adjective, sil·li·er, sil·li·est.
noun, plural sil·lies.
Origin of silly
Synonyms for silly
Antonyms for silly
Related Words for sillinessstupidity, absurdity, foolishness, craziness, goofiness, ineptitude, senselessness, inanity, puerility
Examples from the Web for silliness
Contemporary Examples of silliness
Yesterday, I wrote about the silliness of requiring a file clerk to have a college degree.America’s New Mandarins
February 21, 2013
People are hurting, people died, and the time for silliness, debate, and procedural motions is over.Jim McGreevey Says He’s Given Up Politics, Embraced a Simpler Life
January 18, 2013
Never mind that Bill Clinton remains living proof of the silliness of modern puritanism.Exclusive: Paula Broadwell’s Emails Revealed
November 12, 2012
I could provide chapter and verse as to the silliness of energy independence.Both Candidates Push Myth of Energy Independence
November 1, 2012
“I think the silliness is part of the phenomenon,” Sokoloff tells The Daily Beast.‘Sherlock’ Star Benedict Cumberbatch’s Polarizing ‘Cumberbitches’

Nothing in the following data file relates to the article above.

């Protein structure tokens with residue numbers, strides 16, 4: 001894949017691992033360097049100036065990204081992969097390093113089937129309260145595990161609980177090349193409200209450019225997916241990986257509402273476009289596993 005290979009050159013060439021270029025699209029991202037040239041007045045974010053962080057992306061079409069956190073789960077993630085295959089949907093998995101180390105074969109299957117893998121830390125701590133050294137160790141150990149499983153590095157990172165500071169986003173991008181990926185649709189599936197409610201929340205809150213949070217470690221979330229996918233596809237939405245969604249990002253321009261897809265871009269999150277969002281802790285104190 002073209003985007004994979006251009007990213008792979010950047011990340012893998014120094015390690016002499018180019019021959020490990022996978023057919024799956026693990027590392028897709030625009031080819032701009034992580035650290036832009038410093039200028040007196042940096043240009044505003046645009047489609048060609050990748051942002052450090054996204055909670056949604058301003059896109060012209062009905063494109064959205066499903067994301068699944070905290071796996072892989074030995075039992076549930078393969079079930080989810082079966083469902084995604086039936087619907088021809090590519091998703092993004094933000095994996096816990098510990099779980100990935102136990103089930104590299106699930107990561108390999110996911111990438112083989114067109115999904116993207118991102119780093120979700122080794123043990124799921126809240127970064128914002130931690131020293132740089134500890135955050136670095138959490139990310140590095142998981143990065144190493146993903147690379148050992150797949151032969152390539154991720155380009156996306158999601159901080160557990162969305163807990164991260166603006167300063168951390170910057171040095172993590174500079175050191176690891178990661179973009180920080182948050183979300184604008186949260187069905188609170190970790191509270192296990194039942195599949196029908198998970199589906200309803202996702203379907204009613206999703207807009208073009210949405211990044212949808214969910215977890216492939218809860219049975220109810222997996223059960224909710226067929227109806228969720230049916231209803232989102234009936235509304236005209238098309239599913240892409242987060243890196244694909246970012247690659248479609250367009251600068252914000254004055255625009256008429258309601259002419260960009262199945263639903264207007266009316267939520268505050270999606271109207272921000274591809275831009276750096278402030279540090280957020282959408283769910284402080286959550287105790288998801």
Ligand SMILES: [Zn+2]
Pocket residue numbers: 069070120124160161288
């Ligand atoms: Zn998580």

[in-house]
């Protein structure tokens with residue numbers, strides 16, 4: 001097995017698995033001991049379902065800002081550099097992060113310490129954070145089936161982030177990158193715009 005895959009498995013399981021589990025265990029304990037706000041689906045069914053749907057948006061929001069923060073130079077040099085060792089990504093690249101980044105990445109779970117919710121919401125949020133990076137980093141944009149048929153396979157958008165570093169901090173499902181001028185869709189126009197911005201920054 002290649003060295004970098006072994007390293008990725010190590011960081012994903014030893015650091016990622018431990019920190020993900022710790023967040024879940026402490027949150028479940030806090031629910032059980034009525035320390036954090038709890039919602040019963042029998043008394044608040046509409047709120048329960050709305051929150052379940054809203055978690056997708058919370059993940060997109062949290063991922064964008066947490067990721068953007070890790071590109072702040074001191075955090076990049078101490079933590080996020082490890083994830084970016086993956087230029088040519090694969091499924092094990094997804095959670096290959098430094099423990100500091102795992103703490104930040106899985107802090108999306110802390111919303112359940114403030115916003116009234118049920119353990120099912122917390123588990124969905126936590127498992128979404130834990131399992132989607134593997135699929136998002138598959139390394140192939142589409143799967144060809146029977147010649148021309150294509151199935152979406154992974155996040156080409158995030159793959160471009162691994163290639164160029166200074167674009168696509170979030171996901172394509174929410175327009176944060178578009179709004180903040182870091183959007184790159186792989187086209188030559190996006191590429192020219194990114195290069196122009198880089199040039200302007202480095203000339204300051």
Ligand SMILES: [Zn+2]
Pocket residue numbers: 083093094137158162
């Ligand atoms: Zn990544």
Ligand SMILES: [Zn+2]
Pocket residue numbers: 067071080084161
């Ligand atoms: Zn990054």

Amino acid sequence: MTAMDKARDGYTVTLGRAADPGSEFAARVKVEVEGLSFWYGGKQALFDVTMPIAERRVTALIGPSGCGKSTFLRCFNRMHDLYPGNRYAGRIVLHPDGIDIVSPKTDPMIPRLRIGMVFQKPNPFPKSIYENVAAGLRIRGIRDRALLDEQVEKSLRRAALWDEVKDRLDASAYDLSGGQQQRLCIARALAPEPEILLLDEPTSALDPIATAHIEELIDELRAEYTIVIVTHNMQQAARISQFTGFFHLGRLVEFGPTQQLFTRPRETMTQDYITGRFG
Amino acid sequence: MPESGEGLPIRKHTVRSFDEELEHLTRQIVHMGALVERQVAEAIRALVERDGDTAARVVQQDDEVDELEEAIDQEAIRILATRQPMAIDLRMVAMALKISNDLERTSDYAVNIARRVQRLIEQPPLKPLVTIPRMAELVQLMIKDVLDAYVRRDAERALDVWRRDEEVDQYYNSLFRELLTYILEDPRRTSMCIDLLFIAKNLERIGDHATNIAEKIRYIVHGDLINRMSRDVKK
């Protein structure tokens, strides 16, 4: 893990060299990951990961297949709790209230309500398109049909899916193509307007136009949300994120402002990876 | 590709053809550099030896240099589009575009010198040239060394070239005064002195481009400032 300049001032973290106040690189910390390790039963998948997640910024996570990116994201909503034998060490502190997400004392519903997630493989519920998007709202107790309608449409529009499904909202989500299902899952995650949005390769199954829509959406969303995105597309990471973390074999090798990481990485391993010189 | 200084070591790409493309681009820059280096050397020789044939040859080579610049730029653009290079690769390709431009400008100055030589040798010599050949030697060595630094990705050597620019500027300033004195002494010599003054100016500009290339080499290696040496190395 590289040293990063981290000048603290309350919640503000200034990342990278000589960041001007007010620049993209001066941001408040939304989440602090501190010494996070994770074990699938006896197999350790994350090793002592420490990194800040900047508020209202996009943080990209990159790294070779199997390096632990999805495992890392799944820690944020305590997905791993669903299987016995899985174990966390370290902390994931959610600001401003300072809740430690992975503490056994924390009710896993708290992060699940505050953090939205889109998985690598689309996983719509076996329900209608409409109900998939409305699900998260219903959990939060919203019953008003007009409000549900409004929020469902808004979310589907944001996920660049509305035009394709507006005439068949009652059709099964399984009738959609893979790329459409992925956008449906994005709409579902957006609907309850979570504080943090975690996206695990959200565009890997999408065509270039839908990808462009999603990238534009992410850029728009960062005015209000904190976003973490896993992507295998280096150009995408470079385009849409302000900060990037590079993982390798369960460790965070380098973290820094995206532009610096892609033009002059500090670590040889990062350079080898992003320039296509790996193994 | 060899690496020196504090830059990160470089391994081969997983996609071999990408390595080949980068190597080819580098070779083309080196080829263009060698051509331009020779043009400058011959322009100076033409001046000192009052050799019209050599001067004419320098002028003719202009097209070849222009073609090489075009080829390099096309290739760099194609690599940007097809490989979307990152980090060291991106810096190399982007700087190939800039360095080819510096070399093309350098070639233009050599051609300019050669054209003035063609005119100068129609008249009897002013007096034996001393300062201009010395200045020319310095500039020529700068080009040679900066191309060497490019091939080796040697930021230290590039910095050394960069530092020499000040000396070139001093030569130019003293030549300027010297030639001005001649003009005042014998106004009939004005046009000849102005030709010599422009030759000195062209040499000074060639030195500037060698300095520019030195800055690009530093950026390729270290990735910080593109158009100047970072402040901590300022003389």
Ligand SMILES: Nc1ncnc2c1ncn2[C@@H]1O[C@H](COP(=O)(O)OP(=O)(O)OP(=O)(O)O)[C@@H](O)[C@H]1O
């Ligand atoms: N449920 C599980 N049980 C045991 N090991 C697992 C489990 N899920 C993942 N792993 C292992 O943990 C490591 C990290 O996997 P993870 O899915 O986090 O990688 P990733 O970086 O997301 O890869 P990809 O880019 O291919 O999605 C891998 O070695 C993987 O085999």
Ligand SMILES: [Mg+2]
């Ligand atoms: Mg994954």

October 25, 2012
Historical Examples of silliness
The silliness of a thing doesn't matter if it makes you laugh.The Foolish Lovers
St. John G. Ervine
Well, well, youth's the season for silliness, but there's bounds—there's bounds.The Incomplete Amorist
She's kind-hearted and that makes her put up with Rachel's silliness.
Used to call it silliness and a waste of time, I did—worse names than that, generally.
The silliness of the situation burned her sense of the incongruous.Melomaniacs
adjective -lier or -liest
Word Origin for silly
Old English gesælig "happy, fortuitous, prosperous" (related to sæl "happiness"), from Proto-Germanic *sæligas (cf. Old Norse sæll "happy," Old Saxon salig, Middle Dutch salich, Old High German salig, German selig "blessed, happy, blissful," Gothic sels "good, kindhearted"), from PIE *sele- "of good mood; to favor," from root *sel- (2) "happy, of good mood; to favor" (cf. Latin solari "to comfort," Greek hilaros "cheerful, gay, merry, joyous").
This is one of the few instances in which an original long e (ee) has become shortened to i. The same change occurs in breeches, and in the American pronunciation of been, with no change in spelling. [Century Dictionary]
The word's considerable sense development moved from "happy" to "blessed" to "pious," to "innocent" (c.1200), to "harmless," to "pitiable" (late 13c.), "weak" (c.1300), to "feeble in mind, lacking in reason, foolish" (1570s). Further tendency toward "stunned, dazed as by a blow" (1886) in knocked silly, etc. Silly season in journalism slang is from 1861 (August and September, when newspapers compensate for a lack of hard news by filling up with trivial stories). Silly Putty trademark claims use from July 1949.